Dennis Turchon, senior construction manager at the Transbay Joint Powers Authority, said at an authority meeting Tuesday that determining who is financially responsible for the needed fixes will have to wait until a cause is determined.

“The focus,” Tuchon is first and foremost on fixing the transit center, he told reporters… (more)

On the rail:

By Matier and Ross : sfchronicle – excerpt

Forces are massing on both sides of Mayor Ed Lee’s study into tearing down the stub end of Interstate 280 and rerouting Caltrain through Mission Bay, with a coalition of civic and transportation activists gearing up to fight the effort.

The mayor’s office is looking into several underground routes through which high-speed trains would eventually travel downtown, including some that would mean tearing down I-280 at Mariposa Street and replacing it with a street-level boulevard.

One route calls for underground tracks and a rail station between the Warriors’ planned Mission Bay arena and AT&T Park.

But the newly formed Coalition to Complete the Downtown Caltrain Extension says any alternative to the current plan for a rail tunnel from Fourth and King streets to the new downtown Transbay Transit Center would be “ill-conceived.”

“This is the most important regional transit project in the Bay Area that has been environmentally cleared and locally, regionally and federally approved,” said coalition spokesman Bob Feinbaum. The group’s members include Save Muni, the Sierra Club, San Francisco Tomorrow and the Mission Bay Alliance, the group opposing the Warriors’ planned arena.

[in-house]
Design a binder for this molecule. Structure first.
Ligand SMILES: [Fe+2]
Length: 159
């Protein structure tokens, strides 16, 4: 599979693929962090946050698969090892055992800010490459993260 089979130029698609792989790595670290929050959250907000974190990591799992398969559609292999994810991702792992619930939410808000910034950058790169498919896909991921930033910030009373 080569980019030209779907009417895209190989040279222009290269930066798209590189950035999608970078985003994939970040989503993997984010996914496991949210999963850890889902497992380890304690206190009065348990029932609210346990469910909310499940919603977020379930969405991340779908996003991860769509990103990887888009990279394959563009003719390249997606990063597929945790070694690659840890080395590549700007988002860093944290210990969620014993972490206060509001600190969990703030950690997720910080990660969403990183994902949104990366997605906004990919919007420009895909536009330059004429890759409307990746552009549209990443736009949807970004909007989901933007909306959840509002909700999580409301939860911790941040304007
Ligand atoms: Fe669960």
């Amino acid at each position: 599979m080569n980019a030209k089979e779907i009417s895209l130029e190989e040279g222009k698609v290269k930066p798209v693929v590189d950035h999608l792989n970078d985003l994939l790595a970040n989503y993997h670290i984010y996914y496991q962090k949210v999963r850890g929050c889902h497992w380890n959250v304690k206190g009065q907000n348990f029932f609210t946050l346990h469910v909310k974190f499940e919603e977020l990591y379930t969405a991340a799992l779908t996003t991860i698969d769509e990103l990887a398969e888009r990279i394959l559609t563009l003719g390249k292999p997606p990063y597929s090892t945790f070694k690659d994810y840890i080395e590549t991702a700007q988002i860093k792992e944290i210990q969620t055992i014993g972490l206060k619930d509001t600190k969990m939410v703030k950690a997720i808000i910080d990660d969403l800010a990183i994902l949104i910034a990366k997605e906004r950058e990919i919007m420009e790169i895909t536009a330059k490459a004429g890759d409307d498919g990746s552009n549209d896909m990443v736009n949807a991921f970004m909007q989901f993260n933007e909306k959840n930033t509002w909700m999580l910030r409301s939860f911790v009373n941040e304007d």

“This project is ready to go, and we are calling for no more delays,” Feinbaum said.

Changing the planned route would probably cost billions of dollars, but Lee figures the payoff of a new neighborhood on land now taken up by the freeway and the rail yard near Fourth and King would be just as big.

The bell rings on round one Tuesday at 6 p.m., when city representatives are scheduled to update the public on their plans at the Potrero Hill Recreation Center… (more)

RELATED:
Rail Capacity Strategy.

Rail%20Capacity%20map-3_0

Long-term rail proposals will require more complex funding plans. These investments would not be cheap. They’re projected to total $17 billion over 30 years. (The near-term investments are being considered for funding as part of the next five-year Capital Improvement Program for fiscal 2017 through fiscal 2021.)

This idea that 95% of the city needs to be connected by rail is absurd and would be prohibitively expensive. Where does this come from?